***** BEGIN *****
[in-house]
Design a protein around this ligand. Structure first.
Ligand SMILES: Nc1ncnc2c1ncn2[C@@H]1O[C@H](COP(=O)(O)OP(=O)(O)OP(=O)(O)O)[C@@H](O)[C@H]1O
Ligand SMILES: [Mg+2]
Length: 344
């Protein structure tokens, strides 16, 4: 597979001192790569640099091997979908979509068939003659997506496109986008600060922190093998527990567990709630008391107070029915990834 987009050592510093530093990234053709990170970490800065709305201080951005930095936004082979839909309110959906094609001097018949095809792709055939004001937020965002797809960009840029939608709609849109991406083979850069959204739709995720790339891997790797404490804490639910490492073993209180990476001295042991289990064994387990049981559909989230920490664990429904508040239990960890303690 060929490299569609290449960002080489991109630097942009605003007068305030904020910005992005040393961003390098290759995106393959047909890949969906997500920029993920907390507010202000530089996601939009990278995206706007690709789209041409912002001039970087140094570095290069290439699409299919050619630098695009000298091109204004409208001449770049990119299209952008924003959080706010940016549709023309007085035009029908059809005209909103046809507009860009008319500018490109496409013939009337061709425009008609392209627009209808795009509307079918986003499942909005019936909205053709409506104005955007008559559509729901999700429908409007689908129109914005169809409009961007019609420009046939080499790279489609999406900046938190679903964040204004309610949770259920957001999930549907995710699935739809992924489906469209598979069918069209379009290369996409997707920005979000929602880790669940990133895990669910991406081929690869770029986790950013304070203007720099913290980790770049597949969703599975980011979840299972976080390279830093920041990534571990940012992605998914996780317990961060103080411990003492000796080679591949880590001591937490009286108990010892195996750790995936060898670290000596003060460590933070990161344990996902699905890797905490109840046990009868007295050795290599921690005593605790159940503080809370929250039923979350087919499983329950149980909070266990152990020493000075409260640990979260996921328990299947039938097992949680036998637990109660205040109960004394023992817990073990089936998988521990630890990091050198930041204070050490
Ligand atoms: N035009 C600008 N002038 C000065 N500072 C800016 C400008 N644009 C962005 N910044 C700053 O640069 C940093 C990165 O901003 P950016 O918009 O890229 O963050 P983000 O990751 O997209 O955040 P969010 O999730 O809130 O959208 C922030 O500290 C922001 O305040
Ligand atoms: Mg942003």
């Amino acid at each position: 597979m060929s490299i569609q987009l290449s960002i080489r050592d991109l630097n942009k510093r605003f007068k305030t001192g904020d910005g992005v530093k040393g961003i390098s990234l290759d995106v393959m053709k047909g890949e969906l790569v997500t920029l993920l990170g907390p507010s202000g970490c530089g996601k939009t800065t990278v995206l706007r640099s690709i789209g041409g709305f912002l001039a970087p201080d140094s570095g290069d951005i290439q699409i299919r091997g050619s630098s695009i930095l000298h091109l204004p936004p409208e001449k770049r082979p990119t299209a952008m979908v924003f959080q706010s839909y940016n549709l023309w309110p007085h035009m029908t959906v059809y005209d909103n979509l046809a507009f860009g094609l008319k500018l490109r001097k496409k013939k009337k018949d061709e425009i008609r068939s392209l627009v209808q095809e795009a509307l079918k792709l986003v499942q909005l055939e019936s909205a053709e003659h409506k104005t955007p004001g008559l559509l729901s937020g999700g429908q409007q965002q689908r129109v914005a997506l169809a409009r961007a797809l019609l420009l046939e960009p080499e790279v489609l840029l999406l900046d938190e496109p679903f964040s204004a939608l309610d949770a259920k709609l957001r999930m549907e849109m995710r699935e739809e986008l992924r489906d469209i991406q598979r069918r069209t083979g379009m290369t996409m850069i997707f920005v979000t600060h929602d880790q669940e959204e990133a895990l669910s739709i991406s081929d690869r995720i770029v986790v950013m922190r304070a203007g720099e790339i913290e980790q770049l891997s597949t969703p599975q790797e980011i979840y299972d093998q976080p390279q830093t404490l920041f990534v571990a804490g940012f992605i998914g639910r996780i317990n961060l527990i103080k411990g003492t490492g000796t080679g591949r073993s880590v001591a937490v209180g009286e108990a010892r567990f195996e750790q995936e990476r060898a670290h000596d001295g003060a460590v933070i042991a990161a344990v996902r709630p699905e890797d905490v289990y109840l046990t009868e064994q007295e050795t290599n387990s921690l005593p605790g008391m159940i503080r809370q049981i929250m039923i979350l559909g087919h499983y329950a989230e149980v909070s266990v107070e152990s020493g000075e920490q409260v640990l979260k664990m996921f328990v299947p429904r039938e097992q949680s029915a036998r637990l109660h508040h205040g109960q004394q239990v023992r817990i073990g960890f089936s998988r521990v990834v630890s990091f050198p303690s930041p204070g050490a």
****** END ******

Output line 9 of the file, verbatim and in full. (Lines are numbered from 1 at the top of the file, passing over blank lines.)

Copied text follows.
């Amino acid at each position: 597979m060929s490299i569609q987009l290449s960002i080489r050592d991109l630097n942009k510093r605003f007068k305030t001192g904020d910005g992005v530093k040393g961003i390098s990234l290759d995106v393959m053709k047909g890949e969906l790569v997500t920029l993920l990170g907390p507010s202000g970490c530089g996601k939009t800065t990278v995206l706007r640099s690709i789209g041409g709305f912002l001039a970087p201080d140094s570095g290069d951005i290439q699409i299919r091997g050619s630098s695009i930095l000298h091109l204004p936004p409208e001449k770049r082979p990119t299209a952008m979908v924003f959080q706010s839909y940016n549709l023309w309110p007085h035009m029908t959906v059809y005209d909103n979509l046809a507009f860009g094609l008319k500018l490109r001097k496409k013939k009337k018949d061709e425009i008609r068939s392209l627009v209808q095809e795009a509307l079918k792709l986003v499942q909005l055939e019936s909205a053709e003659h409506k104005t955007p004001g008559l559509l729901s937020g999700g429908q409007q965002q689908r129109v914005a997506l169809a409009r961007a797809l019609l420009l046939e960009p080499e790279v489609l840029l999406l900046d938190e496109p679903f964040s204004a939608l309610d949770a259920k709609l957001r999930m549907e849109m995710r699935e739809e986008l992924r489906d469209i991406q598979r069918r069209t083979g379009m290369t996409m850069i997707f920005v979000t600060h929602d880790q669940e959204e990133a895990l669910s739709i991406s081929d690869r995720i770029v986790v950013m922190r304070a203007g720099e790339i913290e980790q770049l891997s597949t969703p599975q790797e980011i979840y299972d093998q976080p390279q830093t404490l920041f990534v571990a804490g940012f992605i998914g639910r996780i317990n961060l527990i103080k411990g003492t490492g000796t080679g591949r073993s880590v001591a937490v209180g009286e108990a010892r567990f195996e750790q995936e990476r060898a670290h000596d001295g003060a460590v933070i042991a990161a344990v996902r709630p699905e890797d905490v289990y109840l046990t009868e064994q007295e050795t290599n387990s921690l005593p605790g008391m159940i503080r809370q049981i929250m039923i979350l559909g087919h499983y329950a989230e149980v909070s266990v107070e152990s020493g000075e920490q409260v640990l979260k664990m996921f328990v299947p429904r039938e097992q949680s029915a036998r637990l109660h508040h205040g109960q004394q239990v023992r817990i073990g960890f089936s998988r521990v990834v630890s990091f050198p303690s930041p204070g050490a």